In his infamous essay on the long poem, “For Play and Entrance: The Contemporary Canadian Long Poem,” Robert Kroetsch talks about the form of “the long poem” in a number of ways, including tantric, writing the end as far away from the beginning, writing “delay, delay, delay.” How can one have an open-ended, unfinished delay? Even he wrote about the long poem as potentially having an ending, a creation. The money shot.

So where does the form move now? Not as a watered-down version, but a new form, that includes the two sides, from the open-ended, life-long poem, unfinished or simply abandoned to the closed form, as long as long can be, but written with an eventual ending. This is the difference between such projects as bpNichol’s The Martyrology, Robert Kroetsch’s Completed Field Notes, John Thompson’s Stilt jack, Fred Wah’s Music at the Heart of Thinking, Andrew Suknaski’s Diving West, Rob Allen’s The Encantadas, Barry McKinnon’s “sex at 31” and Gil McElroy’s “Julian Days” to poems such as Daphne Marlatt’s Steveston, George Bowering’s “Do Sink” and “Kerrisdale Elegies” and Lynn Crosbie’s “Alphabet City.” Is one any more or less a “long poem”?

Even a coin has three distinct sides, not only the obvious two. Where else does this creature previously known as “the Canadian long poem” go? Do the arguments of the open-ended, life-long work still exist, or have they become obsolete? There are many poems that exist that are called long poems but, according to previous distinctions, are certainly not. Does this lessen the works, poems with ending? Can everything Dennis Cooley has written be considered part of a single, open-ended and unfinishable project? Has the definition expanded so far that it’s become impossible?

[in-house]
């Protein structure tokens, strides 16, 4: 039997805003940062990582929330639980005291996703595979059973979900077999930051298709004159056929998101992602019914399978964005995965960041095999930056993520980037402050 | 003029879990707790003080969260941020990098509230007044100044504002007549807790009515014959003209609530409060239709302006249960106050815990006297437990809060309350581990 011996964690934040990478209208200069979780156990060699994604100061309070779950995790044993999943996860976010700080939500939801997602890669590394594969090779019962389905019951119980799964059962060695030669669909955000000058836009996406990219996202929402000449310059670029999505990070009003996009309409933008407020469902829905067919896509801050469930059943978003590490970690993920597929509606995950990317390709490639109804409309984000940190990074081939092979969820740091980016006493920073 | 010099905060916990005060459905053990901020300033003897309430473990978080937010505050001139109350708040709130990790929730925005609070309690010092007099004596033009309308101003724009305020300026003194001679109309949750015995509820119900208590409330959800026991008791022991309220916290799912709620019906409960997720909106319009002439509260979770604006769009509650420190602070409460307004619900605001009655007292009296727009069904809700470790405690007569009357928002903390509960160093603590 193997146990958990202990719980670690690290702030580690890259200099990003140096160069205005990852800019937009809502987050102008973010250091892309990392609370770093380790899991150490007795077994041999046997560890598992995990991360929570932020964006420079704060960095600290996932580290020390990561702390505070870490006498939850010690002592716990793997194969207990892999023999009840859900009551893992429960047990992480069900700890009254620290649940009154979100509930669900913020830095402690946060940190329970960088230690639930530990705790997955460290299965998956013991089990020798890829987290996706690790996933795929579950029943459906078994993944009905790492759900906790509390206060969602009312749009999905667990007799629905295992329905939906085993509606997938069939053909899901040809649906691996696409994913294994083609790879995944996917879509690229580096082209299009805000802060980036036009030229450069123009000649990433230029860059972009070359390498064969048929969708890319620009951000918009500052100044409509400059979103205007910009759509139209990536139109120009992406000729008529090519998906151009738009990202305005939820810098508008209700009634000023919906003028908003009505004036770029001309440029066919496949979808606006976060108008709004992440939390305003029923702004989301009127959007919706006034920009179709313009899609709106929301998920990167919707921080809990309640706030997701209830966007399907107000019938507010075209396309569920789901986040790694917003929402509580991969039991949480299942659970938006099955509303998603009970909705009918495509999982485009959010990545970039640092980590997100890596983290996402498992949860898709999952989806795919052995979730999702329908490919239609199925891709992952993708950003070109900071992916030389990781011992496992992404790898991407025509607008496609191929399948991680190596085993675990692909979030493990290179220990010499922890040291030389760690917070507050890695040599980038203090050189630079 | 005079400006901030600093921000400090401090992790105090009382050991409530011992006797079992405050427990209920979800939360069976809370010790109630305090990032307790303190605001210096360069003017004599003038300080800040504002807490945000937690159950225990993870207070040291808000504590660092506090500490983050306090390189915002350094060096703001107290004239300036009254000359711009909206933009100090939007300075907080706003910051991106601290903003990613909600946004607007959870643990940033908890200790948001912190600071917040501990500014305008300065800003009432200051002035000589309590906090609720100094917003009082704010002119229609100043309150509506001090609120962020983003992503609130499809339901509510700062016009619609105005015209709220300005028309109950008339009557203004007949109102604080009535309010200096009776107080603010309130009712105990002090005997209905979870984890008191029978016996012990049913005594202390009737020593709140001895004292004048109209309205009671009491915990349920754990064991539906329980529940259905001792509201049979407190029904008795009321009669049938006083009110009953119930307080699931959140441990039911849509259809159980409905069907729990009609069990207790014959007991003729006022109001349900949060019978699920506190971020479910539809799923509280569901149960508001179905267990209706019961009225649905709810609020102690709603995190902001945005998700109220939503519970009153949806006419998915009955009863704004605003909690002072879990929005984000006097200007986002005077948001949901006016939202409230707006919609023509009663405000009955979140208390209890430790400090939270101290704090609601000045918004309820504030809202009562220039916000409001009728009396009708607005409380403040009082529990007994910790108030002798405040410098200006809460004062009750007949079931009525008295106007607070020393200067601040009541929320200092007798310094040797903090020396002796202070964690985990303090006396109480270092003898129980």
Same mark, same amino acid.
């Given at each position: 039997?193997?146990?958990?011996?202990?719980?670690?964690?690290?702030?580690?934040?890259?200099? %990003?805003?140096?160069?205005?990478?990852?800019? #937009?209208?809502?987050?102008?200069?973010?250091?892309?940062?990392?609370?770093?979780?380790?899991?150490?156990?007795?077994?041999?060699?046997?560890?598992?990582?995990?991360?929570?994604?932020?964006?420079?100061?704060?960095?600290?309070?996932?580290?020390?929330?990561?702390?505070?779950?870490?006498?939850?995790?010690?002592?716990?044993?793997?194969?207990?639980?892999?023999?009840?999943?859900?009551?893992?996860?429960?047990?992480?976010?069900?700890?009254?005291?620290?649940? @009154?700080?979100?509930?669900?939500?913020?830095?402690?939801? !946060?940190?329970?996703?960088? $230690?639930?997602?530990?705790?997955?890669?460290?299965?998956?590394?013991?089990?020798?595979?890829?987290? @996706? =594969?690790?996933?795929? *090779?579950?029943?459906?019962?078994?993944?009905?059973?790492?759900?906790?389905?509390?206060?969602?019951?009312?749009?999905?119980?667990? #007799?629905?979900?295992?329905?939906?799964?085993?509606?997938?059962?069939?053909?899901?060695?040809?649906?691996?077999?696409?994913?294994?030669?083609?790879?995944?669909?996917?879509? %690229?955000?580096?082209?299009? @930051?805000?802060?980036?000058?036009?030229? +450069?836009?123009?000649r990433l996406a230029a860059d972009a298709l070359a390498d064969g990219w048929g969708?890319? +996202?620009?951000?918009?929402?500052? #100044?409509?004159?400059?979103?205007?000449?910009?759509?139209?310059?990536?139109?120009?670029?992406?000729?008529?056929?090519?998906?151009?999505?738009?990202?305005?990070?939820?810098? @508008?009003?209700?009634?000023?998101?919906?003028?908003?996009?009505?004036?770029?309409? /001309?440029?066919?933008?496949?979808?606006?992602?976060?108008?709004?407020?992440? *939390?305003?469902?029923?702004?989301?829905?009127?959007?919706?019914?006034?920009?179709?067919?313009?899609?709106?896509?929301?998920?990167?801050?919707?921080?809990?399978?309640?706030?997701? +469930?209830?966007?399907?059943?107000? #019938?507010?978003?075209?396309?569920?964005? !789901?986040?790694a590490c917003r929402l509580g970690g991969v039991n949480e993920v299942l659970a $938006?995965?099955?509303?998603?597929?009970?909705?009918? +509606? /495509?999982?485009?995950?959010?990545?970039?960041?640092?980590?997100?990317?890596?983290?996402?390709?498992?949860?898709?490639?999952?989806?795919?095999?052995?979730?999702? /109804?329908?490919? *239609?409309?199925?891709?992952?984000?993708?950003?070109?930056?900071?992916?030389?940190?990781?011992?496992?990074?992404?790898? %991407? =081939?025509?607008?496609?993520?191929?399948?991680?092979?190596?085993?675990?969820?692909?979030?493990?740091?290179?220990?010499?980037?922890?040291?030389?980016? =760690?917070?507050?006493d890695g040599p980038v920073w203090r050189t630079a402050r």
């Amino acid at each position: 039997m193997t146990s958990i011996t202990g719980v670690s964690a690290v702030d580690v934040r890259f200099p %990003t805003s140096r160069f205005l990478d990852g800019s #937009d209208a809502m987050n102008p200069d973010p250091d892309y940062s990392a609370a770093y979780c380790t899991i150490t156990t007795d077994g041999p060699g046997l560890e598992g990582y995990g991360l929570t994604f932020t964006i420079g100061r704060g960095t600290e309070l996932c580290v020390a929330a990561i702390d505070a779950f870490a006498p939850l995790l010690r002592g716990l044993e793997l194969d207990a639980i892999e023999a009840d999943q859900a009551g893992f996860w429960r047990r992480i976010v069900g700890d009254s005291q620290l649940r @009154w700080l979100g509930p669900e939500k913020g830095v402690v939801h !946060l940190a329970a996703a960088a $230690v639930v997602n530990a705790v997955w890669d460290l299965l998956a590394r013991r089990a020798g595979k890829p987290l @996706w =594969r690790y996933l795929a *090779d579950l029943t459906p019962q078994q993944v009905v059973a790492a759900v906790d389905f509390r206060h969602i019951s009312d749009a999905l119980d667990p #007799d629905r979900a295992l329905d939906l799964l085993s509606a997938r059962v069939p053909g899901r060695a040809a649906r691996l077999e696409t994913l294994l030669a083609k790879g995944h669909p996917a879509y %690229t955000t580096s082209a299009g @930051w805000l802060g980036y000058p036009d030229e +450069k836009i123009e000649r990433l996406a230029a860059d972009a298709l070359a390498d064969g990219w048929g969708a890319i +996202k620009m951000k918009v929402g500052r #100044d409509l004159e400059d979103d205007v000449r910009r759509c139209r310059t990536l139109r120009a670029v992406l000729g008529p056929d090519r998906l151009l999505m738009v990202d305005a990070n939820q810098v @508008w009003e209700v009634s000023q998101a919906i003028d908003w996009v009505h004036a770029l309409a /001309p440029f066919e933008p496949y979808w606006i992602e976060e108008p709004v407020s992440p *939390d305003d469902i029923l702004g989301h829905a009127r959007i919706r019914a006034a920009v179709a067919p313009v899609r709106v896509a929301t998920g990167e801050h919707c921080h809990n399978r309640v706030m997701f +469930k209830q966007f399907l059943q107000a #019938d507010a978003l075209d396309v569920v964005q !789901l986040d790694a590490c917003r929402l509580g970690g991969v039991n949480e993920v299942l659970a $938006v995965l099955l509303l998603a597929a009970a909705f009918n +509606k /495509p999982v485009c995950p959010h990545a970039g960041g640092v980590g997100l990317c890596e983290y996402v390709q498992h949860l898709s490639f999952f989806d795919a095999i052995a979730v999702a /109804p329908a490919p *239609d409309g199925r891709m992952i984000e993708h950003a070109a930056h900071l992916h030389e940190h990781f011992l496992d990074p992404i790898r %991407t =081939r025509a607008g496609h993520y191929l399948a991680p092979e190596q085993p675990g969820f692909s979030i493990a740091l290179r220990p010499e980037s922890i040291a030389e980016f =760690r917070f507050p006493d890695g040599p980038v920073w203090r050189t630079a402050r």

As the “Epi(pro)longue” to the Long Liners conference, Barbara Godard writes that “The fundamental assumptions of this discursive order made it possible to hold such a conference as Long-liners, devoted to the classification of a specific category of literary order, the ‘long poem.’” An ending that works to open up into something further. She says this, but she doesn’t explain what this category entails. Are they made only of poems that are simply “long”?

Since 1979, when Coach House Press published the first Canadian long poem anthology and Michael Ondaatje in his introduction was perplexed by the lack of recognition accorded the long poem ― "the most interesting writing being done by poets today" ― the form has become so well-established that to include even a sample of the best long poems written in the last decade would require many more volumes. So I begin by stating that this anthology is not meant as an encyclopedia of the Canadian long poem but rather as a continuation of Ondaatje's work in 1979 and a record of my own pleasure in reading poems that in many different ways, occasions and structures are "long."
- Sharon Thesen, The New Long Poem Anthology (1992)